1.2 Untangling complex issues: using scaling to support and measure the impact of helping conversations
Untangling complex issues
Using scaling to support and measure
the impact of helping conversations
Solent Learning and Teaching
Workshop: 24 June 2016
Employability and Enterprise Programme Adviser
Employability and Enterprise | http://about.me/ssugetajob
Background (10 minutes)
• Two videos
o Careers guidance pilot project
o Scaling walk through: student case study
Practical (30 minutes)
• Work in pairs
• Open forum
A bit of interdisciplinary mingling
‘All psychotherapies are methods of learning.’
Corsini (2008, 6)
Scaling: Its roots in solution
focussed brief therapy
e.g. Berg and de Shazer (1993)
Evaluation: Integration into sessions
can make helping more effective
e.g. Miller et al (2004)
Techniques: Strongly influenced by
relational and client factors
e.g. Egan (2013) and Lambert et al (1986)
How and why: Careers guidance project
Pilot at Southampton Solent University explored in Whistance (2014)
Walk through: Student case study
A trust-based reflection space?
This is a complex
issue where you
time and effort
Before and after
What makes you
X not Y?
What do you
need to do to
move up 1 point?
4 mins: Explore issue
2 mins: Scaling
Swap roles and repeat
3 mins: Debrief
Enjoyable but some complexity / confusion
• My all expenses paid, dream holiday
• My interview with an historical figure
Listen as actively and deeply as you can
Gentle nudges to facilitate exploration
Name issue (facilitatee’s words)
Scale issue: Before and after
Qualitative quotes: Reflect back / seek out
“This is freaking me out! What if I ask a student about the usefulness of what we’ve done
and they give a low score. How awkward is that!”
• Yes, this is a difficult situation. However, it is also an opportunity to re-engage with
exploring the student’s issue. Remember this approach prioritises having meaningful,
learning-filled encounters over getting high evaluation scores.
“I can see how this works in your setting but I don’t think it would meet our needs.”
• This is one evaluation and facilitating tool. As you say, it may not be right for you.
• There are some situations where it’s not useful. For example, if there has been some
really straightforward information giving or signposting that has clearly met a student’s
needs, using this approach would be complete overkill.
“What if people do the scaling in different ways? How valid would it be?”
• There may be issues about the psychometrics. It would be good to explore this.
• One of the things that makes us think this approach has reasonable face validity is that
a small but significant proportion of students say that their interaction has been really
useful and this sometimes surprises us quite a lot. Maybe this is an indicator that the
approach helps to calibrate our expectations or interpretations of what the helping
process is like for people.
“Would you like to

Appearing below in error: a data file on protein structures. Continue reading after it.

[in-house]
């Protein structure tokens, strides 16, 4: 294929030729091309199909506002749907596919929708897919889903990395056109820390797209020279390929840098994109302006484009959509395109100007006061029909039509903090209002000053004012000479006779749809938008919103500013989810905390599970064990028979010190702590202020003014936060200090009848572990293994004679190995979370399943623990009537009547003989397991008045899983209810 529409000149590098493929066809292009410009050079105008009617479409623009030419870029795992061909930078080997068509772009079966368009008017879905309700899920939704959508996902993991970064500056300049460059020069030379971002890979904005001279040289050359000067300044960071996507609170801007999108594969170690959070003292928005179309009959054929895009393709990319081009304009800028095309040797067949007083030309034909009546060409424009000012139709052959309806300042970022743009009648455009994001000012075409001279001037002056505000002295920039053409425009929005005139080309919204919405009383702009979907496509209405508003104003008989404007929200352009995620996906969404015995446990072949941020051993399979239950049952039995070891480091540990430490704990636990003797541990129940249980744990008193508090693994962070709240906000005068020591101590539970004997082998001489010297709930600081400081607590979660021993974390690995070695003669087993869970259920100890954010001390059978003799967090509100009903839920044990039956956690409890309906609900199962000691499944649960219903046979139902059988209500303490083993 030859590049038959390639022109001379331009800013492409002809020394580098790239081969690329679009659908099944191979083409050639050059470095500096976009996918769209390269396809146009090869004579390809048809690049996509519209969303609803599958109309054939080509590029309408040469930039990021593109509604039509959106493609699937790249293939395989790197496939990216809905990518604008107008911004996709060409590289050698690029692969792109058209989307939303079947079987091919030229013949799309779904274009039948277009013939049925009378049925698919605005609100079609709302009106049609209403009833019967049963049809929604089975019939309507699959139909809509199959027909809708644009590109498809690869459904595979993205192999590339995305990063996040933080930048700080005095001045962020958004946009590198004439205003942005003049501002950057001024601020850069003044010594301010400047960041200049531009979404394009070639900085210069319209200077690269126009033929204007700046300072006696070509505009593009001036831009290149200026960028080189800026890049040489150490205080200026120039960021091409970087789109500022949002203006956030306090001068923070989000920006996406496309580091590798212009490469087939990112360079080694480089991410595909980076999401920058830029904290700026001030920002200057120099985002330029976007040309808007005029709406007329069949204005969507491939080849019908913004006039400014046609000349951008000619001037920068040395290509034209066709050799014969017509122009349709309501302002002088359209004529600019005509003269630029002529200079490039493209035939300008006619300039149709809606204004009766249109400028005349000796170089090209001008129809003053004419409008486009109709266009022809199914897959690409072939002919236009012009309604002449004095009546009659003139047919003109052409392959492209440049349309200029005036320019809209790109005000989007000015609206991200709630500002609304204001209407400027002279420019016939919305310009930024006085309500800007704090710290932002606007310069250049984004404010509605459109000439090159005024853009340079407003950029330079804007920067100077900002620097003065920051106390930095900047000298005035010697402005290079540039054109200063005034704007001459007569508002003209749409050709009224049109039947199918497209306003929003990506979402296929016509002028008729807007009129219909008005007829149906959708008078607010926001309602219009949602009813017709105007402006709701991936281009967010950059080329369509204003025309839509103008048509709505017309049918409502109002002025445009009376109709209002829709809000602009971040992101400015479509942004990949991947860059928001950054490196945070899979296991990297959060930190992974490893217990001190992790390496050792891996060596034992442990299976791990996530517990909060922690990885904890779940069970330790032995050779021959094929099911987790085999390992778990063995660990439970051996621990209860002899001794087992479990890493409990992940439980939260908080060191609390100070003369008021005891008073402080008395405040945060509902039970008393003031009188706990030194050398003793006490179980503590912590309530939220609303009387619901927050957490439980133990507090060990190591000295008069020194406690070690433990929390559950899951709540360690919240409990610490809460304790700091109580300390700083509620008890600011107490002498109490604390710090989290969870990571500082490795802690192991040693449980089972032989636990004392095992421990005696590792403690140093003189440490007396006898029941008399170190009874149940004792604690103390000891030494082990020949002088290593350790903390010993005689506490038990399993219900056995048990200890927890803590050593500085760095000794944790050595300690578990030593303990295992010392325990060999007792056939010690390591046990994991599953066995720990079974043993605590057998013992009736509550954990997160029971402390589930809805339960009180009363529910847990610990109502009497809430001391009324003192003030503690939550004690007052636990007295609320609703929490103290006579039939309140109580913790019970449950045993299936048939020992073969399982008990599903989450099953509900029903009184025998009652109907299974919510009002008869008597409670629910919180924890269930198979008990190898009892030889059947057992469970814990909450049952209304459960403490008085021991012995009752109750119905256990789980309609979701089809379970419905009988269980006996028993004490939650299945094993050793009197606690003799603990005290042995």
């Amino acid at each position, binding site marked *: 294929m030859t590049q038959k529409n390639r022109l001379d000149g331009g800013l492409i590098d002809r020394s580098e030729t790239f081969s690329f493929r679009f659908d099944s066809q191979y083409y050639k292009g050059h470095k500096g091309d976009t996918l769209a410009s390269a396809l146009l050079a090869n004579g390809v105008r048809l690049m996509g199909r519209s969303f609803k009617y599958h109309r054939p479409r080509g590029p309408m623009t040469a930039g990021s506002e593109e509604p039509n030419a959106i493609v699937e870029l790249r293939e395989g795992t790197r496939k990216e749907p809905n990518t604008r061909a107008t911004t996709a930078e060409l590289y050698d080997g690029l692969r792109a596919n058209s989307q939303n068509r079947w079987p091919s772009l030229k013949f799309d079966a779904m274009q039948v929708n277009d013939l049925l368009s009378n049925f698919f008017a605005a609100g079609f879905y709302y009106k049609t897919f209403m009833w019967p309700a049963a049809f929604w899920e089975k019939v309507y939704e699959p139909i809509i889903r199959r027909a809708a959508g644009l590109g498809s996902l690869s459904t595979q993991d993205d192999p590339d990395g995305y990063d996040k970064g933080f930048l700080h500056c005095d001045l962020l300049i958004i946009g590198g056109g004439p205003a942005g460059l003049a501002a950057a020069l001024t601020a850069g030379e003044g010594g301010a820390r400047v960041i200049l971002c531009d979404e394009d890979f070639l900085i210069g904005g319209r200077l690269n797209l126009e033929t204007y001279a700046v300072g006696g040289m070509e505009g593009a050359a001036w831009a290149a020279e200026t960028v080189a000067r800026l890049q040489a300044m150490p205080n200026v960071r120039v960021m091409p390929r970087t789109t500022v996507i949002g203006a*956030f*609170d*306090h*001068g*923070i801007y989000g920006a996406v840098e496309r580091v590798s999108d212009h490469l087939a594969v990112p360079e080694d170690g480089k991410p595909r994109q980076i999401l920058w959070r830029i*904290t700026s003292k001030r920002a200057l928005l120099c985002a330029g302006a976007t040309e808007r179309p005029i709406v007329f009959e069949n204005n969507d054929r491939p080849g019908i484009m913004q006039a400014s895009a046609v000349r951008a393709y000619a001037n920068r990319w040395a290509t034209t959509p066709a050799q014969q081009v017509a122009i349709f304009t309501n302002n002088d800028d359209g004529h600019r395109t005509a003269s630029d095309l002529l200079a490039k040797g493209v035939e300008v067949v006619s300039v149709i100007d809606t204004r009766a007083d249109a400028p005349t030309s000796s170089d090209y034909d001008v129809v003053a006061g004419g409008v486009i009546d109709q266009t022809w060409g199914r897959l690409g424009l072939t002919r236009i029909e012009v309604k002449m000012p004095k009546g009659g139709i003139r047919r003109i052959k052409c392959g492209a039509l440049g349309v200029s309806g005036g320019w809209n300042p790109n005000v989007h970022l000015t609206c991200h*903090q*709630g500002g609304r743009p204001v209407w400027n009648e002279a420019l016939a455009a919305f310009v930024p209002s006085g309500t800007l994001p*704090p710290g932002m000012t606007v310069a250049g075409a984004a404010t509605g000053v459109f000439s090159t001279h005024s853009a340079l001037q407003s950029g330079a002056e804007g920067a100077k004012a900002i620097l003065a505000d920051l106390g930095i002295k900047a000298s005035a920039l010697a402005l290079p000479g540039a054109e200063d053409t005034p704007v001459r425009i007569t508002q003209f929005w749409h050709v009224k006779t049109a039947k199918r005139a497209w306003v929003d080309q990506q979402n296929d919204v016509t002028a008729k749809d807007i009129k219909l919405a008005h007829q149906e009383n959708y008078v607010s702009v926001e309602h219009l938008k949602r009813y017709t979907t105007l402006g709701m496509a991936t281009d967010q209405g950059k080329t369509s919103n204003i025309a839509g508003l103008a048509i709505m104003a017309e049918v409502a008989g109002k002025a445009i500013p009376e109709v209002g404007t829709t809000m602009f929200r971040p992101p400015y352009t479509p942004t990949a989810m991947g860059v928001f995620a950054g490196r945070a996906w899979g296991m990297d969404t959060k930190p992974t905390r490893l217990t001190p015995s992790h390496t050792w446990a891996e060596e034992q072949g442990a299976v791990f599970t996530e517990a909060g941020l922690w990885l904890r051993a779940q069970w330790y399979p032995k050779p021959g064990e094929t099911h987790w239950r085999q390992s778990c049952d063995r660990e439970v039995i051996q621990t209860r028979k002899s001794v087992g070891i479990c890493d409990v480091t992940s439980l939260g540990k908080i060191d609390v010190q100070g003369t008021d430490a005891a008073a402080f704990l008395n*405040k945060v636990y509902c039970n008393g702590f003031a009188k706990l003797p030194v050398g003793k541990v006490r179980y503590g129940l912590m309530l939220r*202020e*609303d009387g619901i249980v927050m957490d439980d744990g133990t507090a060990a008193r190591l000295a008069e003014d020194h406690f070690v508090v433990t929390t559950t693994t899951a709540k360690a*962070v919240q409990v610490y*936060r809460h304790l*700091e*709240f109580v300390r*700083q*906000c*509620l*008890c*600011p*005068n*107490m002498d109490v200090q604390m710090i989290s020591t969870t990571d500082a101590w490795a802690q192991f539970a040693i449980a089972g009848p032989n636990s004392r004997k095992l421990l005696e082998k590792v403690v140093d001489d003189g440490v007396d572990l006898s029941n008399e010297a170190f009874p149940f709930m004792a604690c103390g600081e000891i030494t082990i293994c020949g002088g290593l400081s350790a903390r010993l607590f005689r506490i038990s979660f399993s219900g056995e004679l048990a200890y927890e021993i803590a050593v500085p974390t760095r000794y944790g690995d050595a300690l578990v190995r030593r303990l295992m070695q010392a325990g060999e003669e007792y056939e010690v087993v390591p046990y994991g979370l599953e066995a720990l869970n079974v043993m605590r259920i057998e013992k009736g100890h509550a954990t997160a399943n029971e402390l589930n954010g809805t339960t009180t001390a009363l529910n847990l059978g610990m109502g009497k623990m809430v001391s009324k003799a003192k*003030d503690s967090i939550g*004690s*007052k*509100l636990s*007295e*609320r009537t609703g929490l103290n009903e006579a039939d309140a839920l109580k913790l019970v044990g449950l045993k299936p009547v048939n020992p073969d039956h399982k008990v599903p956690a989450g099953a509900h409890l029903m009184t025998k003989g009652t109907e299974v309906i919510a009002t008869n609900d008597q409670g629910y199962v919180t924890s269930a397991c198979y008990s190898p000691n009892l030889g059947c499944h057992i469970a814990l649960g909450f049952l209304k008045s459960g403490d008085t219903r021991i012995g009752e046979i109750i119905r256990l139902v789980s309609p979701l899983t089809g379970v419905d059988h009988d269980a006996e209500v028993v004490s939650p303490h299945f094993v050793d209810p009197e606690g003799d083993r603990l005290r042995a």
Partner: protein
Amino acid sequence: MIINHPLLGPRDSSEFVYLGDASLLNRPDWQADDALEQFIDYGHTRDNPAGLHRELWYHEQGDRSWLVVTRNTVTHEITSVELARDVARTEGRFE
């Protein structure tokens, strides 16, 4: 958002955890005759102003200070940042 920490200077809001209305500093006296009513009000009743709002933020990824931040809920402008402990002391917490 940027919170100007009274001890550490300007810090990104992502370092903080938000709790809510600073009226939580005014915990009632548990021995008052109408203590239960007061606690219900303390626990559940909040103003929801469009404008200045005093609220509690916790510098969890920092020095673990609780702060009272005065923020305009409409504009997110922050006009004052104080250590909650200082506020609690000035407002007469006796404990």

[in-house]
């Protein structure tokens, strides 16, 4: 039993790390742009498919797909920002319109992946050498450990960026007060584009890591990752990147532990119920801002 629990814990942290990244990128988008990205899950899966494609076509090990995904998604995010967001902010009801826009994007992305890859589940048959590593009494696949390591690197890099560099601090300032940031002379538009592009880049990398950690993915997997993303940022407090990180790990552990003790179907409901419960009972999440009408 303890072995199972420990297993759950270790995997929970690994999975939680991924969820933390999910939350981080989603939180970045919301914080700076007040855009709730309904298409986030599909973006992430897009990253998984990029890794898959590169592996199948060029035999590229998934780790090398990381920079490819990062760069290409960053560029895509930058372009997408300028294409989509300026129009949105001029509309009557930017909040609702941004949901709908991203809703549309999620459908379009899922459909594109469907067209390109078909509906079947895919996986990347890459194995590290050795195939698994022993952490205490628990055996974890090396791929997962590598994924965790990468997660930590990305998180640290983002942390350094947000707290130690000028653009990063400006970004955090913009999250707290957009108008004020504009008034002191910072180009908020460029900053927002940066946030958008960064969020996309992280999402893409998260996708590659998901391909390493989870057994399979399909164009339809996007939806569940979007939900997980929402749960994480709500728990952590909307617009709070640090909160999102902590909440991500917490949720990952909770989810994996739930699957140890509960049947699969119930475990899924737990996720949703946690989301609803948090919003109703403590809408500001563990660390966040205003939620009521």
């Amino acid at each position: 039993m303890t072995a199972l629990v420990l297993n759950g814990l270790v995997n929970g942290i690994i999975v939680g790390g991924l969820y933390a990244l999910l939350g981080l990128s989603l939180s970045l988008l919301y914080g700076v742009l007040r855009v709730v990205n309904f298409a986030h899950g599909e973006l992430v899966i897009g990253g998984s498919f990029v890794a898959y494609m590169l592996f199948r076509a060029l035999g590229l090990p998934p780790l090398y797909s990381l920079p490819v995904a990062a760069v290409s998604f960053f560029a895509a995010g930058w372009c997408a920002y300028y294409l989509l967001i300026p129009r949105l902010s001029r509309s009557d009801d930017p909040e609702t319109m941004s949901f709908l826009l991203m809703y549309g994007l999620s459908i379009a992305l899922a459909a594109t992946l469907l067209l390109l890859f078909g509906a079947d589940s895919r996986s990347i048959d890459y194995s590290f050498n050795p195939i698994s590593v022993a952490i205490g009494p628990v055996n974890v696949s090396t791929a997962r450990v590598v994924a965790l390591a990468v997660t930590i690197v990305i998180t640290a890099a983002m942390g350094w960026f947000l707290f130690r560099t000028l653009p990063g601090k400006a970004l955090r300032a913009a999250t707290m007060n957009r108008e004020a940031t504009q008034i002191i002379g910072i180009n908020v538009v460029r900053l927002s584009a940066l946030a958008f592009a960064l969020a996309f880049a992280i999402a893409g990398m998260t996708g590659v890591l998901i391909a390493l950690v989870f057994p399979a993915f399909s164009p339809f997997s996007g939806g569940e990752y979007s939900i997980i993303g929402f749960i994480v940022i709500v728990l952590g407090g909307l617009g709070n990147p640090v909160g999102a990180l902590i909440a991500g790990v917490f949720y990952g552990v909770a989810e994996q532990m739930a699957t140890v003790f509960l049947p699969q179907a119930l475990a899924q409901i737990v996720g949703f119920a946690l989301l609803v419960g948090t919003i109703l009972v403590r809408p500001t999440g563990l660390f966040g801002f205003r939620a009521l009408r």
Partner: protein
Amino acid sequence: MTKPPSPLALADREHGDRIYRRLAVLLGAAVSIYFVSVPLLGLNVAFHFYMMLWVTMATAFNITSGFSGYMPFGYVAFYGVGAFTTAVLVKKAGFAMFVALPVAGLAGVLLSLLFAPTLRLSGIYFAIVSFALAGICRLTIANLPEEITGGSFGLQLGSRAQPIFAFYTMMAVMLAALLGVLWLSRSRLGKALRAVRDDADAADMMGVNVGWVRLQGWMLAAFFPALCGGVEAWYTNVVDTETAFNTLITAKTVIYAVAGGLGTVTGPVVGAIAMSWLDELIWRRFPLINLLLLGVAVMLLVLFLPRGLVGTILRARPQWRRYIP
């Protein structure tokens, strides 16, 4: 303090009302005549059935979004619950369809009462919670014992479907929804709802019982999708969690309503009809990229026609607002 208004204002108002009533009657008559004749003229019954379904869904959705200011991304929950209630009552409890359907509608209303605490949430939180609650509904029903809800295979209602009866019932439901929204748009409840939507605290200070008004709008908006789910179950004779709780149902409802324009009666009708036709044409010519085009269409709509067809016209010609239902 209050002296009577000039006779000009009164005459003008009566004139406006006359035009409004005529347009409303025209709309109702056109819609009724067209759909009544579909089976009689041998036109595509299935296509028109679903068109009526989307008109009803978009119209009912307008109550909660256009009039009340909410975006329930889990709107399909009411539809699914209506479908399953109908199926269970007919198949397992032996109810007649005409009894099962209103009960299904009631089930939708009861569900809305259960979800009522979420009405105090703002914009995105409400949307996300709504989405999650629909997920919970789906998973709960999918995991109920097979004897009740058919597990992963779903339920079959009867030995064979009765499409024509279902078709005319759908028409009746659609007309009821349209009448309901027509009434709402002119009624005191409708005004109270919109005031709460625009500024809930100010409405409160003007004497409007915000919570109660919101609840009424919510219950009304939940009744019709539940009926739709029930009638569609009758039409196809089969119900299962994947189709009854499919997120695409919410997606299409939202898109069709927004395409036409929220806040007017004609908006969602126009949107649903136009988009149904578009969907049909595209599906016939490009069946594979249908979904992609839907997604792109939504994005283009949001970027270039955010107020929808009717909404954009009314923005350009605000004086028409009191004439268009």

say anything about
“What about the
“Did the scaling
process seem a
bolt on exercise?”
“Is there anything
else you’d like to
“If I’d done a questionnaire you probably wouldn’t
know why I gave the scores I did.”
“No, until you contacted me to talk about my
helping out at the workshop, I thought it was just a
normal part of a careers appointment. It just felt
normal and natural.”
“I quite liked this as it showed me you were
concerned with how I had found our session.”
“Helped with my goal setting. I knew what I needed
to do but was confused. I had a feeling of where I
was and this became clearer as we talked about it
more. Yes, it made things clearer for me.”
you need to
do to move
from X to
What makes you
X rather than Y?
Berg, I.K. and de Shazer, S., 1993. Making numbers talk: Language in therapy. In Friedman,
S. (Ed.), The New Language of Change: Constructive Collaboration in Psychotherapy.
New York: Guildford Press.
Corsini, R.J. and Wedding, D., 2008. Current Psychotherapies. Belmont, CA: Brooks/Cole.
Egan, G., 2013. The Skilled Helper: A Problem-Management and Opportunity-Development
Approach to Helping (10th ed.). Belmont, CA: Brooks/Cole.
Lambert, M.J., Shapiro D.A. and Bergin, A.E., 1986. The effectiveness of psychotherapy.
In Garfield, S.L. and Bergin, A.E. (Eds.), Handbook of Psychotherapy and Behaviour Change
(3rd ed., 157-212). New York: Wiley.
Miller, S.D., Duncan, B.L. and Hubble, M.A., 2004. Beyond integration: The triumph of
outcome over process in clinical practice. Psychotherapy in Australia, 10(2), 2-19.
Available from: www.scottdmiller.com/wp-content/uploads/documents/BeyondIntegration.pdf
Whistance, D., 2014. Guidance by numbers: A student-centred approach to evaluating the
impact of careers guidance. Phoenix, October, 22-23.
Available from: http://viewer.zmags.com/publication/e830b7ab#/e830b7ab/24
Part of your learning and teaching toolkit?
Berg and de Shazer (1993)
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